Health

Preventing Medical Burnout in Doctors

Doctors work really hard when it comes to healing others, to the point that they often forget about their own health. We are talking about “Preventing Medical Burnout in Doctors”. The incidents of medical burnout in physicians are increasing at an alarming rate. Whether it’s a student at a stateside medical school, a doctor in a hospital, a professor in an American medical school of the Caribbean or another healthcare professional, burnout is prevalent.

Career fatigues is becoming common among doctors in the United States. A recent study reported that 41% of doctors and other healthcare professionals report a symptom of burnout. They are not among professionals not organized but are among those who have underwent rigorous training as physicians.

What is burnout?

Burnout is characterized by exhaustion of a person in mental, physical and emotional terms due to excessive and prolonged stress. It can occur in any field but in the fields of medicine, nursing, social work, teaching and counselling, burnout is ever present.

In the front line of medicine such as family medicine, emergency medicine and general internal medicine, the incidences of burnout are really high. The danger is in the fact that physicians suffering from burnout are prone to making errors of all margins. Such can result in drop in quality of care, which in turn results in patients not satisfied, getting admitted, injured or nearing death (or worse).

It can lead to depression, alcoholism, suicide and even worse, serious mental illness.

Burnouts in physicians can lead to misdiagnosis because doctors need to be in good shape to help their patients. They need to connect the dots by listening to them, asking them and cooperating with them. If they are burned out, they will not be able to do that.

Symptoms of burnout

Burnout is a process that is gradual and yet increases over time. It does not happen from one day to the other but can creep in anytime. 

The physical signs of burnout are as under:

  • Feeling tired and drained most of the time.
  • Low immunity.
  • Often feeling sick.
  • Recurring headaches.
  • Back pain.
  • Negative change in appetite and sleeping patterns.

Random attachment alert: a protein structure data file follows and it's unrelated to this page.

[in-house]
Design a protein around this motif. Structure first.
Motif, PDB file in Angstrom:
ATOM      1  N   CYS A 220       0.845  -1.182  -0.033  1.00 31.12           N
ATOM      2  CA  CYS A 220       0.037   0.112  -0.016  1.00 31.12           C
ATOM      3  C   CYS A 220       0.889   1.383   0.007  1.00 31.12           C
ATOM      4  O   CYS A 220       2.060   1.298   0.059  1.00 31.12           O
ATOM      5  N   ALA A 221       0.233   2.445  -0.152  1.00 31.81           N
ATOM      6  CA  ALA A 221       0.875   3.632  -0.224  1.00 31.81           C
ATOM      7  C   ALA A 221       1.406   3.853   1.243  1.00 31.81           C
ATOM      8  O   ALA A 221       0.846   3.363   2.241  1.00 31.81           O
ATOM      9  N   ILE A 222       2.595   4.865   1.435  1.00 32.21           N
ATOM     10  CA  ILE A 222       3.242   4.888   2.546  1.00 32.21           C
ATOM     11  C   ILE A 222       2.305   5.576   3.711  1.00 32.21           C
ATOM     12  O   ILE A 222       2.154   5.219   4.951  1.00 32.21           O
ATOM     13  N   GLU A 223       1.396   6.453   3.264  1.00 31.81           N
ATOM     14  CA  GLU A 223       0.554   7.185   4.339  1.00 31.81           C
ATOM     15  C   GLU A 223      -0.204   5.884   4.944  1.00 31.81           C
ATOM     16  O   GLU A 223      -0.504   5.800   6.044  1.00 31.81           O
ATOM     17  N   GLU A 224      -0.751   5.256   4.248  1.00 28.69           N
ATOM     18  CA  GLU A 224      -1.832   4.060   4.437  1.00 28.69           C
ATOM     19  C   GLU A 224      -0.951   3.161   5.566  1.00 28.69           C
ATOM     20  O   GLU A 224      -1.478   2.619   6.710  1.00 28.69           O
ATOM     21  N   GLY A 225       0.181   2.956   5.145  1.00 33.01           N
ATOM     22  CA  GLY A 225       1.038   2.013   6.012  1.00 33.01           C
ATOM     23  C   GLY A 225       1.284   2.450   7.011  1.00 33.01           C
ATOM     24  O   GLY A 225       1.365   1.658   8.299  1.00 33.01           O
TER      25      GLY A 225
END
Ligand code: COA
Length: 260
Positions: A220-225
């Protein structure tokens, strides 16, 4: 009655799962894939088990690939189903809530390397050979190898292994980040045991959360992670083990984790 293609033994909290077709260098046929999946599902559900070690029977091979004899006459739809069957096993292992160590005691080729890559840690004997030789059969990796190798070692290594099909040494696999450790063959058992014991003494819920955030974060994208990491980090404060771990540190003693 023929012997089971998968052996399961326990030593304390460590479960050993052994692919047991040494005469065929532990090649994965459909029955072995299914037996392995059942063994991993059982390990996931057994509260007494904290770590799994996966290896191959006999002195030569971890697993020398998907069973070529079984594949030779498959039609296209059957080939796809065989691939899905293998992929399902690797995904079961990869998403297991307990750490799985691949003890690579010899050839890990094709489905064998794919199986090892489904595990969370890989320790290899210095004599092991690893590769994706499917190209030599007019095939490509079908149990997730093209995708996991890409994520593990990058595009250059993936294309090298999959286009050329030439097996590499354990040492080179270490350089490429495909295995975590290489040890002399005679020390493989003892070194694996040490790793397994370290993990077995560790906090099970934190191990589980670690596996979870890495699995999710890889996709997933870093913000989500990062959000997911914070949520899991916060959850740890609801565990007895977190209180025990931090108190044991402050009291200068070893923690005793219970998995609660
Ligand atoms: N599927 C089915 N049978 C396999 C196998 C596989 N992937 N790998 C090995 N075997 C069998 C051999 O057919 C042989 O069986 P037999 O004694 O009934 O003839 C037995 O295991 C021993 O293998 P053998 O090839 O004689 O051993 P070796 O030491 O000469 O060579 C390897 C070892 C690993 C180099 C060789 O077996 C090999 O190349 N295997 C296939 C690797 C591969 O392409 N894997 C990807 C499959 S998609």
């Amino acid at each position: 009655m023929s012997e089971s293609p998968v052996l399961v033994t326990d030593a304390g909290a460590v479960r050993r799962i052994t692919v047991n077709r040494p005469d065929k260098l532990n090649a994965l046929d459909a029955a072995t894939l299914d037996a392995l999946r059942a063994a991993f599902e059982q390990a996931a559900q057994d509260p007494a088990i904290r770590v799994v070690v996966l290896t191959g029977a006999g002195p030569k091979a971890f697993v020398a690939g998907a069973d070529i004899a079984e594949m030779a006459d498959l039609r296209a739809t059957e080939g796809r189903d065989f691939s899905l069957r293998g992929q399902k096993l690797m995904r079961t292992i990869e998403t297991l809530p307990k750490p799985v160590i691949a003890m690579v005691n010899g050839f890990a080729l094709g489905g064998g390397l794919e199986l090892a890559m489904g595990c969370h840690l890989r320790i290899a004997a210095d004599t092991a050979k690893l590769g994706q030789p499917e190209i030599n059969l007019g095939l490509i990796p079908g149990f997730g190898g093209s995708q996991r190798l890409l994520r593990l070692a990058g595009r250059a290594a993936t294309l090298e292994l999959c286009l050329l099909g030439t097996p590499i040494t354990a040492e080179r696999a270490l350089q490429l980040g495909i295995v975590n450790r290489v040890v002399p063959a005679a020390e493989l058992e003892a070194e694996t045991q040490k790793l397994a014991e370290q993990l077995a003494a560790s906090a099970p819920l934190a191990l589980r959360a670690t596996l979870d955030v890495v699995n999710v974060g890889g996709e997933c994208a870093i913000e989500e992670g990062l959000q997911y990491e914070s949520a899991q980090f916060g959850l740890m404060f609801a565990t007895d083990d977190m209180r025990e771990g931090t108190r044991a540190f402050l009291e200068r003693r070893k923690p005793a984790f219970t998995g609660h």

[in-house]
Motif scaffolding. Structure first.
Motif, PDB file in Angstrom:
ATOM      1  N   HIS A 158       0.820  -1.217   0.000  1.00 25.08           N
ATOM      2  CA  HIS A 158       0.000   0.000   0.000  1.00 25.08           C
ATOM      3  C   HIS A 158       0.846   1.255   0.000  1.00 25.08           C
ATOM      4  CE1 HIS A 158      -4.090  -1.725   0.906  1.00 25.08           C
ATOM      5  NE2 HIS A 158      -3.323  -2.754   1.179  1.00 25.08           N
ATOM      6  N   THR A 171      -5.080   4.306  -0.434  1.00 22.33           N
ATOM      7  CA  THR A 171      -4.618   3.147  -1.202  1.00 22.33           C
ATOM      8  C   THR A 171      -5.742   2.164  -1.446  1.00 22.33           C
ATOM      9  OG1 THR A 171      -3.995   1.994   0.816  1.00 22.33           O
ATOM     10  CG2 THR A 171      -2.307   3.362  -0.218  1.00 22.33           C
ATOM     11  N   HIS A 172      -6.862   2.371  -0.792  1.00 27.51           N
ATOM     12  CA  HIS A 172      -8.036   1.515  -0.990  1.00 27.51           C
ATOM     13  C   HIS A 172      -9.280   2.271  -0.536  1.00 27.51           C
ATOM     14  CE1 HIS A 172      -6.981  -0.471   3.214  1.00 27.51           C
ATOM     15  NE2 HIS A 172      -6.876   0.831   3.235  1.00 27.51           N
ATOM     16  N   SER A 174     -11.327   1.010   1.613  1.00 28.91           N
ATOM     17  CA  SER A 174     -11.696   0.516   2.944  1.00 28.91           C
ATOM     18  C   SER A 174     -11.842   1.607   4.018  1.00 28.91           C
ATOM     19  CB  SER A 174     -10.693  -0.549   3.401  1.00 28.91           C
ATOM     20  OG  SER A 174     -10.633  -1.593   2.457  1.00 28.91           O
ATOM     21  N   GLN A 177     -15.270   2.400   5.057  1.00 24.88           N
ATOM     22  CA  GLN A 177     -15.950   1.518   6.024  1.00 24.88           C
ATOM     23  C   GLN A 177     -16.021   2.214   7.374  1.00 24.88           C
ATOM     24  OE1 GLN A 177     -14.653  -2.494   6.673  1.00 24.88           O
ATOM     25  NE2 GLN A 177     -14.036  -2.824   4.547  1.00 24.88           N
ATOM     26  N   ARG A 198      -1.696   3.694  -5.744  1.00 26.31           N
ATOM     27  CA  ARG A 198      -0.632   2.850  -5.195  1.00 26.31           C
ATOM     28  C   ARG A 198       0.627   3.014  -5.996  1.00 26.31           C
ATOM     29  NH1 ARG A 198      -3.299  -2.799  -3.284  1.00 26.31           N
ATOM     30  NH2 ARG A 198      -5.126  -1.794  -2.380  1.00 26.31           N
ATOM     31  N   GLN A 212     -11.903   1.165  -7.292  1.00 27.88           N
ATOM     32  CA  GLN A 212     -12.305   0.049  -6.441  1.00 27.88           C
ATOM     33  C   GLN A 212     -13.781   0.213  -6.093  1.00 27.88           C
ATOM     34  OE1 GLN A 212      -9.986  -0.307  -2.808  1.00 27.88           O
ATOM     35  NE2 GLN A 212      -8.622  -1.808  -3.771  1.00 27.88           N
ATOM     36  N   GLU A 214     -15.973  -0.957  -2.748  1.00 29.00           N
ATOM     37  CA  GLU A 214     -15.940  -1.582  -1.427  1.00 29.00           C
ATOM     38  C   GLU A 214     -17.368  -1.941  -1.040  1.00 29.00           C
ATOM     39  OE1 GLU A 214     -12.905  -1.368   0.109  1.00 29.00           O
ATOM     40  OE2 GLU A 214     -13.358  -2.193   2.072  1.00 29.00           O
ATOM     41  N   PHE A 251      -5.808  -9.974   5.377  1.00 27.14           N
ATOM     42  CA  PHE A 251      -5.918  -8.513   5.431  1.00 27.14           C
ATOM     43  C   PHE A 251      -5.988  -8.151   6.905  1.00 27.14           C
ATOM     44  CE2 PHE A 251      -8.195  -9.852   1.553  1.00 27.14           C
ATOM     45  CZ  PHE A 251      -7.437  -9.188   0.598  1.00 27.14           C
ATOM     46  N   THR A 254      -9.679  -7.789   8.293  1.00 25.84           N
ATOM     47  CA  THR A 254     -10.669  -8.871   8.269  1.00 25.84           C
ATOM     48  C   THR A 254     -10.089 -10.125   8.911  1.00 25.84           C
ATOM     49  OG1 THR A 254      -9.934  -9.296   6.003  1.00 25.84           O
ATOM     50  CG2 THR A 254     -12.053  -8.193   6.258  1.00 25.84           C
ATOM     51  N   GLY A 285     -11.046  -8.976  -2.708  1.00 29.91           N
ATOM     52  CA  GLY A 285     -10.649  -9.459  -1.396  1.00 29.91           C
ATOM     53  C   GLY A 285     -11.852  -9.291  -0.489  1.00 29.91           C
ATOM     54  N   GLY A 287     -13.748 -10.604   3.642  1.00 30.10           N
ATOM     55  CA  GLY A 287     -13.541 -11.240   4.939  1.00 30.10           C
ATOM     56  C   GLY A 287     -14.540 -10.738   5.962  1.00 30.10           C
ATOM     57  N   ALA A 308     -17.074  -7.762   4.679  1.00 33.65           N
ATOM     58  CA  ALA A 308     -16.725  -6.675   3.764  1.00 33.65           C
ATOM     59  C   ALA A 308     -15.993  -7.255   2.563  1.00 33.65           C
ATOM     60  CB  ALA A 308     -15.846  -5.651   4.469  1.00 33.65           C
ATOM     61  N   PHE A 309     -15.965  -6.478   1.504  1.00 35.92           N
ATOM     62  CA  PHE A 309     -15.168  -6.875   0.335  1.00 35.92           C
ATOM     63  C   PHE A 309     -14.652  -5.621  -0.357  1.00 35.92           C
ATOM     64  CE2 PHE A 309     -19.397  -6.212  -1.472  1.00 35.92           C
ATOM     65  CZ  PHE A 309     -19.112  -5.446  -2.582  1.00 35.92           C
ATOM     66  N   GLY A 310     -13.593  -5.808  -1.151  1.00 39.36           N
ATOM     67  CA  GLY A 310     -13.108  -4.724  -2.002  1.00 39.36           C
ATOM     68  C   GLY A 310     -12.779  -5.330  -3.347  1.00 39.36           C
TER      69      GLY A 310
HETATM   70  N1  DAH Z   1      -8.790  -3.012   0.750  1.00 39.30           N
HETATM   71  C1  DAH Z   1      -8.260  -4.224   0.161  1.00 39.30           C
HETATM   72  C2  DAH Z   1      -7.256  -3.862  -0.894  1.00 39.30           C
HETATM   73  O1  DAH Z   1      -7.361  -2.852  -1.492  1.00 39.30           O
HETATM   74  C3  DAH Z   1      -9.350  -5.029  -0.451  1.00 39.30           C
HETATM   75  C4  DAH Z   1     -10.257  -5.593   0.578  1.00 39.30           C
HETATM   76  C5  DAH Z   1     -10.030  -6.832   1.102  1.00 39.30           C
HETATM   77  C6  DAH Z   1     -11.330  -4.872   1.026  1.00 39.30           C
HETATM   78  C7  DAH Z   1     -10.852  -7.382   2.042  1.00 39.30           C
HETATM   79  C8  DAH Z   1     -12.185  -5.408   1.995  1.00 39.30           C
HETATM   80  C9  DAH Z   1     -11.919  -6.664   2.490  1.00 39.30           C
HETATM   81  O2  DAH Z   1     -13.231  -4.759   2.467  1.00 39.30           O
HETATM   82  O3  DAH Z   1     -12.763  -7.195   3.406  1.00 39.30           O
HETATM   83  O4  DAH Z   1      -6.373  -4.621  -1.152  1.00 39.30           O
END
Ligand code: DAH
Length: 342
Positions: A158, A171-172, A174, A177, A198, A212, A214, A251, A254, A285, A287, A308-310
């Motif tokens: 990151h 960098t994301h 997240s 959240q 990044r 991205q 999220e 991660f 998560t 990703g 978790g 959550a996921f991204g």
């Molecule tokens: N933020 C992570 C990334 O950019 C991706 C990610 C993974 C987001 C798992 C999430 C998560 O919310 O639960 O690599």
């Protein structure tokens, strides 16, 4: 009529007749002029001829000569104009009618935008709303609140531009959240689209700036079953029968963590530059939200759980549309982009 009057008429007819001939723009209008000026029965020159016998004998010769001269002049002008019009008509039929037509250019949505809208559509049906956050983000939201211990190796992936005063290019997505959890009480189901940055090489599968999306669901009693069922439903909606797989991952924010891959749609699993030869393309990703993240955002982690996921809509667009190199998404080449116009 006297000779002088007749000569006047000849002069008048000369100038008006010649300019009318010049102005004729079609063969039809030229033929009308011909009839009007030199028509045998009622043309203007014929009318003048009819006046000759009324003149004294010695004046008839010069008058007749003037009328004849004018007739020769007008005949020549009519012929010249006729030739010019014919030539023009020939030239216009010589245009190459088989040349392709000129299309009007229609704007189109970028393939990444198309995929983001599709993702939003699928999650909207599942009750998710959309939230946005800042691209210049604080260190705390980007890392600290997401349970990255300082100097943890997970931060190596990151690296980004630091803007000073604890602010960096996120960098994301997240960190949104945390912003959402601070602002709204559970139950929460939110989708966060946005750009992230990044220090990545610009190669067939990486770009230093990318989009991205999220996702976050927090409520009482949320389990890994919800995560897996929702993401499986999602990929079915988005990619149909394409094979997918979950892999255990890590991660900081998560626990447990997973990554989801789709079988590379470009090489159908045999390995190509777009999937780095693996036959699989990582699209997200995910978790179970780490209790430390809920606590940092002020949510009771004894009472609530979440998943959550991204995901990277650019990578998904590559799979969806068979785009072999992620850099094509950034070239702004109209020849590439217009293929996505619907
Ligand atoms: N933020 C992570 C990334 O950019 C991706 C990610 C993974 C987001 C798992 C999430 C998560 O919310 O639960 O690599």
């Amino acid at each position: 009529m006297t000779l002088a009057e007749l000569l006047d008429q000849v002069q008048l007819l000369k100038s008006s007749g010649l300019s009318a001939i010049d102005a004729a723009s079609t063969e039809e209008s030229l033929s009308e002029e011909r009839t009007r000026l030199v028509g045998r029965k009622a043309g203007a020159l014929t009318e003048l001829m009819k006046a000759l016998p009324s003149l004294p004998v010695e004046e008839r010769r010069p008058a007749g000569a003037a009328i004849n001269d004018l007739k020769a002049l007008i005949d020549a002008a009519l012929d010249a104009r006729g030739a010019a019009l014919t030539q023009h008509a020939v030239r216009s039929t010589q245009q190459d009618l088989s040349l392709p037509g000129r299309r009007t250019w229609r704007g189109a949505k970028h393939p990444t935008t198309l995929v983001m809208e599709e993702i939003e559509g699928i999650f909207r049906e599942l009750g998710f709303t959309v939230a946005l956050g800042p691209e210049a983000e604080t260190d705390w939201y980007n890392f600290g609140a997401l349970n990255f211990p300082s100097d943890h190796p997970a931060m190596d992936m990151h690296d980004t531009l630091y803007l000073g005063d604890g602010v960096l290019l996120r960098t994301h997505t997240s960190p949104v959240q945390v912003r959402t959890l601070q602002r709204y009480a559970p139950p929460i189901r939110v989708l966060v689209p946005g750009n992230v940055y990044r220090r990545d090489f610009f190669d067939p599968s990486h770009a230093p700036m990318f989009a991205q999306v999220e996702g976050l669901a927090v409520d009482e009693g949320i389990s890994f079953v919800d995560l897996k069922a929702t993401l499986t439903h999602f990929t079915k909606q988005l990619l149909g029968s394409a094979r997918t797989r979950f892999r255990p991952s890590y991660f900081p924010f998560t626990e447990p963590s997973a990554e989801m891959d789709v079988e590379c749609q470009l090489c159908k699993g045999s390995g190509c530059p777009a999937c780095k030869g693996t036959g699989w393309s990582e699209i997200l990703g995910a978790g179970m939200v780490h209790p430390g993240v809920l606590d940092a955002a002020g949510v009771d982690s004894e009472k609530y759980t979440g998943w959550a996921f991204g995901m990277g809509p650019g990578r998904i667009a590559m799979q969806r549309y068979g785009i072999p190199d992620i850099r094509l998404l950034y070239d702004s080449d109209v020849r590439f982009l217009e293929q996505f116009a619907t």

The emotional signs of burnout are:

  • Emotional exhaustion.
  • Detachment from patients.
  • Detachment from loved ones.
  • Sense of self-doubt and failure.
  • Feeling trapped, defeated and helpless.
  • Feeling more cynical.
  • Lack of motivation.
  • Decreased sense of accomplishment.

The behavioral signs of burnout are:

  • Withdrawal from responsibilities.
  • Isolation from others.
  • Procrastination.
  • Using drugs and alcohol.
  • Overeating.
  • Frequently venting frustration on others.
  • Skipping work.
  • Tardiness.

Causes of burnout

Experts are of the opinion that incidences of physician burnout are often underreported. It has been ignored badly in healthcare and one out of every three physicians is burned out. Long hours, mounting pressure in seeing more patients, high levels of state interference, paperwork, non-patient centered duties are all contributing to physician burnout.

Streamlining office work with a comprehensive practice management system helps reduce stress levels associated with daily hassles of healthcare practice. Physicians do not need to avoid delegating most administrative duties to their staff. 

When they are hired, they can come up with new and fresh ideas which physicians can never know. They can help make the practice more productive.

Prevention and Treatment of burnout in Physicians

No physician needs to worry or fuss despite having a bogged down feeling. Here are some techniques to help prevent burnout in physicians.

  • They should start their day by relaxing. No need to jump off the bed like a frightened being but rather meditate instead, doing gentle stretches, reading something good (inspiring quotes, a comic, a cartoon and the like). A proven relaxation technique in yoga is known as box breathing. They should try it whenever they feel overwhelmed.
  • They should incorporate healthy eating, exercising and sleeping habits. Eating right is good as it helps prevent bad cholesterol. Regular exercise will make one feel good and good night’s sleep is relaxing as it helps people face the day at office. Healthy living at office is needed.
  • They should set personal boundaries. They should not overextend themselves and they need to say no to certain tasks. Spending time with family is important and leaving work at time is a good practice. Late sitting will never do any wonders.
  • Take a break from technology. Keep the phone, cell and laptop aside for some time.
  • Nurture the creative side. Start a good hobby and get some time for video games, TV and other leisure activities.
  • Rediscover the joy of medicine by reconnecting why they are in medicine. Try remembering when you were happy and appreciated.
  • Take some time off. Leaves and vacations are needed. If possible, get an indefinite leave.
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